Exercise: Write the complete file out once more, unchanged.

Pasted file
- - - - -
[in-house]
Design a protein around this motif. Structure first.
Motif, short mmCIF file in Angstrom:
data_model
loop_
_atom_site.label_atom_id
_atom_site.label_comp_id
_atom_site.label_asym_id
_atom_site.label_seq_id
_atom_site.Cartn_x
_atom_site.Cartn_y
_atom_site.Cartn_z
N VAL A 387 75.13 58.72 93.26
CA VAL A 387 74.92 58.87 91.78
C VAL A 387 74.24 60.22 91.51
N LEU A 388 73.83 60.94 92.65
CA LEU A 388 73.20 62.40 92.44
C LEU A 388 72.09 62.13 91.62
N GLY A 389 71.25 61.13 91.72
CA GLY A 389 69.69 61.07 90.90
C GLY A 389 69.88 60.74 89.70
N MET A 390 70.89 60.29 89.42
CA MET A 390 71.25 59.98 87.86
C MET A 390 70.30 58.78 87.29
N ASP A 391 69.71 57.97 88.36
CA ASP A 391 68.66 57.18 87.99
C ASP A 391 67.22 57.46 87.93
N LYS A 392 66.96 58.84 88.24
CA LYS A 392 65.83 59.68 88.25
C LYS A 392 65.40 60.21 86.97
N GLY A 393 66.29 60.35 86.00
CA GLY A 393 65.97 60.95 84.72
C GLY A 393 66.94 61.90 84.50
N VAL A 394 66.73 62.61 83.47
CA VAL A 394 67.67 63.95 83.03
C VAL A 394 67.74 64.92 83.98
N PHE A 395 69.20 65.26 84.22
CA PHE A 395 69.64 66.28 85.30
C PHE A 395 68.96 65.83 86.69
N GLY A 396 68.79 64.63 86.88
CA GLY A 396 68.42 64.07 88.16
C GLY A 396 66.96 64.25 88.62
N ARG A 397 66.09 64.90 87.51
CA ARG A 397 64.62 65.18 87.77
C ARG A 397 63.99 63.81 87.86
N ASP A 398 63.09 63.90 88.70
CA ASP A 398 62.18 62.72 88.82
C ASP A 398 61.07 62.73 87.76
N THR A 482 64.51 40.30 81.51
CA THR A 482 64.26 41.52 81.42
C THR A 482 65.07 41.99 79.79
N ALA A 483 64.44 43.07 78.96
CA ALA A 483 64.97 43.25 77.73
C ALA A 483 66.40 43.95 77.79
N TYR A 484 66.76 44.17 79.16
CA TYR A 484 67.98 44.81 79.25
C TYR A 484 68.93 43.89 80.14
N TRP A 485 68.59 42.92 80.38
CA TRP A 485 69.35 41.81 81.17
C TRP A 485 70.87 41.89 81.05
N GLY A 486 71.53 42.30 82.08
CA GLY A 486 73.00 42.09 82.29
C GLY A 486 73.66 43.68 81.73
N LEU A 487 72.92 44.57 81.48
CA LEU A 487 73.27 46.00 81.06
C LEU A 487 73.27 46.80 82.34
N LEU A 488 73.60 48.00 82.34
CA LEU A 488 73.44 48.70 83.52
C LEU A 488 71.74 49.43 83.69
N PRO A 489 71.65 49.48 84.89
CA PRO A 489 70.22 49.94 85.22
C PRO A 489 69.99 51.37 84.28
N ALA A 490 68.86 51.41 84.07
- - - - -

[in-house]
Design a protein around this motif. Structure first.
Motif, short mmCIF file in Angstrom:
data_model
loop_
_atom_site.label_atom_id
_atom_site.label_comp_id
_atom_site.label_asym_id
_atom_site.label_seq_id
_atom_site.Cartn_x
_atom_site.Cartn_y
_atom_site.Cartn_z
N VAL A 387 75.13 58.72 93.26
CA VAL A 387 74.92 58.87 91.78
C VAL A 387 74.24 60.22 91.51
N LEU A 388 73.83 60.94 92.65
CA LEU A 388 73.20 62.40 92.44
C LEU A 388 72.09 62.13 91.62
N GLY A 389 71.25 61.13 91.72
CA GLY A 389 69.69 61.07 90.90
C GLY A 389 69.88 60.74 89.70
N MET A 390 70.89 60.29 89.42
CA MET A 390 71.25 59.98 87.86
C MET A 390 70.30 58.78 87.29
N ASP A 391 69.71 57.97 88.36
CA ASP A 391 68.66 57.18 87.99
C ASP A 391 67.22 57.46 87.93
N LYS A 392 66.96 58.84 88.24
CA LYS A 392 65.83 59.68 88.25
C LYS A 392 65.40 60.21 86.97
N GLY A 393 66.29 60.35 86.00
CA GLY A 393 65.97 60.95 84.72
C GLY A 393 66.94 61.90 84.50
N VAL A 394 66.73 62.61 83.47
CA VAL A 394 67.67 63.95 83.03
C VAL A 394 67.74 64.92 83.98
N PHE A 395 69.20 65.26 84.22
CA PHE A 395 69.64 66.28 85.30
C PHE A 395 68.96 65.83 86.69
N GLY A 396 68.79 64.63 86.88
CA GLY A 396 68.42 64.07 88.16
C GLY A 396 66.96 64.25 88.62
N ARG A 397 66.09 64.90 87.51
CA ARG A 397 64.62 65.18 87.77
C ARG A 397 63.99 63.81 87.86
N ASP A 398 63.09 63.90 88.70
CA ASP A 398 62.18 62.72 88.82
C ASP A 398 61.07 62.73 87.76
N THR A 482 64.51 40.30 81.51
CA THR A 482 64.26 41.52 81.42
C THR A 482 65.07 41.99 79.79
N ALA A 483 64.44 43.07 78.96
CA ALA A 483 64.97 43.25 77.73
C ALA A 483 66.40 43.95 77.79
N TYR A 484 66.76 44.17 79.16
CA TYR A 484 67.98 44.81 79.25
C TYR A 484 68.93 43.89 80.14
N TRP A 485 68.59 42.92 80.38
CA TRP A 485 69.35 41.81 81.17
C TRP A 485 70.87 41.89 81.05
N GLY A 486 71.53 42.30 82.08
CA GLY A 486 73.00 42.09 82.29
C GLY A 486 73.66 43.68 81.73
N LEU A 487 72.92 44.57 81.48
CA LEU A 487 73.27 46.00 81.06
C LEU A 487 73.27 46.80 82.34
N LEU A 488 73.60 48.00 82.34
CA LEU A 488 73.44 48.70 83.52
C LEU A 488 71.74 49.43 83.69
N PRO A 489 71.65 49.48 84.89
CA PRO A 489 70.22 49.94 85.22
C PRO A 489 69.99 51.37 84.28
N ALA A 490 68.86 51.41 84.07